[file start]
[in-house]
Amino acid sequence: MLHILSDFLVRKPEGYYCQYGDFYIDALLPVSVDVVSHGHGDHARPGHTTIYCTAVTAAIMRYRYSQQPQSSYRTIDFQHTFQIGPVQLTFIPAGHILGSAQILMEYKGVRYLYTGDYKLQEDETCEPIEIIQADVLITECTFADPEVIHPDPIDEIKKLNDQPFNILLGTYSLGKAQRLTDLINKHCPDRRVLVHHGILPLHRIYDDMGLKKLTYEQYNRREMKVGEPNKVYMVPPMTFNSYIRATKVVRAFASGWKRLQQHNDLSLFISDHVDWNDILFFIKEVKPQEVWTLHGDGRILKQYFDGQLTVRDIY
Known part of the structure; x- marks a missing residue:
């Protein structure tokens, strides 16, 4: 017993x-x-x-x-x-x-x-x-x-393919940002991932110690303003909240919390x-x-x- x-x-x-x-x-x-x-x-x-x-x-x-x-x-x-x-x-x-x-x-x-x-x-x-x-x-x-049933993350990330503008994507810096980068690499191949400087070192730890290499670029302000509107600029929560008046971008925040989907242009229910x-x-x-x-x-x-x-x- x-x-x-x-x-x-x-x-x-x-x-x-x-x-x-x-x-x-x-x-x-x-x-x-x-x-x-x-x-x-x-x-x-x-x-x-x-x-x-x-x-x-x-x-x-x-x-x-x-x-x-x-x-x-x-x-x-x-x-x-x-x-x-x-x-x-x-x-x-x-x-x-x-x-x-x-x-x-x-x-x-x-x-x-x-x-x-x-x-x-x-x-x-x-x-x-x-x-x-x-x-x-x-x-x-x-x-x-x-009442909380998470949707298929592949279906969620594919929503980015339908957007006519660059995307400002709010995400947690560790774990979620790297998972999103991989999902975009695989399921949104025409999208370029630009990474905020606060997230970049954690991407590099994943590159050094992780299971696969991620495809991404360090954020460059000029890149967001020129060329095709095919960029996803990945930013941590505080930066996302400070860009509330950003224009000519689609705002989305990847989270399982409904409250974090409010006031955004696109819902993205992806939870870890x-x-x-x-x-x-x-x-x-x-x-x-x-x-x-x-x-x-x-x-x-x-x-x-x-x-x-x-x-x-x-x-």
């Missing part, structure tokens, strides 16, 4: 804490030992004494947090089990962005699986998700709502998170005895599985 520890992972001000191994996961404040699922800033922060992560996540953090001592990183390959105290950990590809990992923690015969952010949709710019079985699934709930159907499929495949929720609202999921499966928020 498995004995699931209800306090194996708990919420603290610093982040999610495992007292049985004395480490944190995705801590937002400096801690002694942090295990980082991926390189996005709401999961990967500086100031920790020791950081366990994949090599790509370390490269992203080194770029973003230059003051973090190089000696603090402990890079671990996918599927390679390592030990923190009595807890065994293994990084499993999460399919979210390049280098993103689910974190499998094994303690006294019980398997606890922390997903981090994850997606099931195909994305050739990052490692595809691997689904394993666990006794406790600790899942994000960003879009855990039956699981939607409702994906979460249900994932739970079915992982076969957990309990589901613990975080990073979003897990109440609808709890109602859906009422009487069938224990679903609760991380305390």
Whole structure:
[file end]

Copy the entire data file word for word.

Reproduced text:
[in-house]
Amino acid sequence: MLHILSDFLVRKPEGYYCQYGDFYIDALLPVSVDVVSHGHGDHARPGHTTIYCTAVTAAIMRYRYSQQPQSSYRTIDFQHTFQIGPVQLTFIPAGHILGSAQILMEYKGVRYLYTGDYKLQEDETCEPIEIIQADVLITECTFADPEVIHPDPIDEIKKLNDQPFNILLGTYSLGKAQRLTDLINKHCPDRRVLVHHGILPLHRIYDDMGLKKLTYEQYNRREMKVGEPNKVYMVPPMTFNSYIRATKVVRAFASGWKRLQQHNDLSLFISDHVDWNDILFFIKEVKPQEVWTLHGDGRILKQYFDGQLTVRDIY
Known part of the structure; x- marks a missing residue:
């Protein structure tokens, strides 16, 4: 017993x-x-x-x-x-x-x-x-x-393919940002991932110690303003909240919390x-x-x- x-x-x-x-x-x-x-x-x-x-x-x-x-x-x-x-x-x-x-x-x-x-x-x-x-x-x-049933993350990330503008994507810096980068690499191949400087070192730890290499670029302000509107600029929560008046971008925040989907242009229910x-x-x-x-x-x-x-x- x-x-x-x-x-x-x-x-x-x-x-x-x-x-x-x-x-x-x-x-x-x-x-x-x-x-x-x-x-x-x-x-x-x-x-x-x-x-x-x-x-x-x-x-x-x-x-x-x-x-x-x-x-x-x-x-x-x-x-x-x-x-x-x-x-x-x-x-x-x-x-x-x-x-x-x-x-x-x-x-x-x-x-x-x-x-x-x-x-x-x-x-x-x-x-x-x-x-x-x-x-x-x-x-x-x-x-x-x-009442909380998470949707298929592949279906969620594919929503980015339908957007006519660059995307400002709010995400947690560790774990979620790297998972999103991989999902975009695989399921949104025409999208370029630009990474905020606060997230970049954690991407590099994943590159050094992780299971696969991620495809991404360090954020460059000029890149967001020129060329095709095919960029996803990945930013941590505080930066996302400070860009509330950003224009000519689609705002989305990847989270399982409904409250974090409010006031955004696109819902993205992806939870870890x-x-x-x-x-x-x-x-x-x-x-x-x-x-x-x-x-x-x-x-x-x-x-x-x-x-x-x-x-x-x-x-």
């Missing part, structure tokens, strides 16, 4: 804490030992004494947090089990962005699986998700709502998170005895599985 520890992972001000191994996961404040699922800033922060992560996540953090001592990183390959105290950990590809990992923690015969952010949709710019079985699934709930159907499929495949929720609202999921499966928020 498995004995699931209800306090194996708990919420603290610093982040999610495992007292049985004395480490944190995705801590937002400096801690002694942090295990980082991926390189996005709401999961990967500086100031920790020791950081366990994949090599790509370390490269992203080194770029973003230059003051973090190089000696603090402990890079671990996918599927390679390592030990923190009595807890065994293994990084499993999460399919979210390049280098993103689910974190499998094994303690006294019980398997606890922390997903981090994850997606099931195909994305050739990052490692595809691997689904394993666990006794406790600790899942994000960003879009855990039956699981939607409702994906979460249900994932739970079915992982076969957990309990589901613990975080990073979003897990109440609808709890109602859906009422009487069938224990679903609760991380305390």
Whole structure: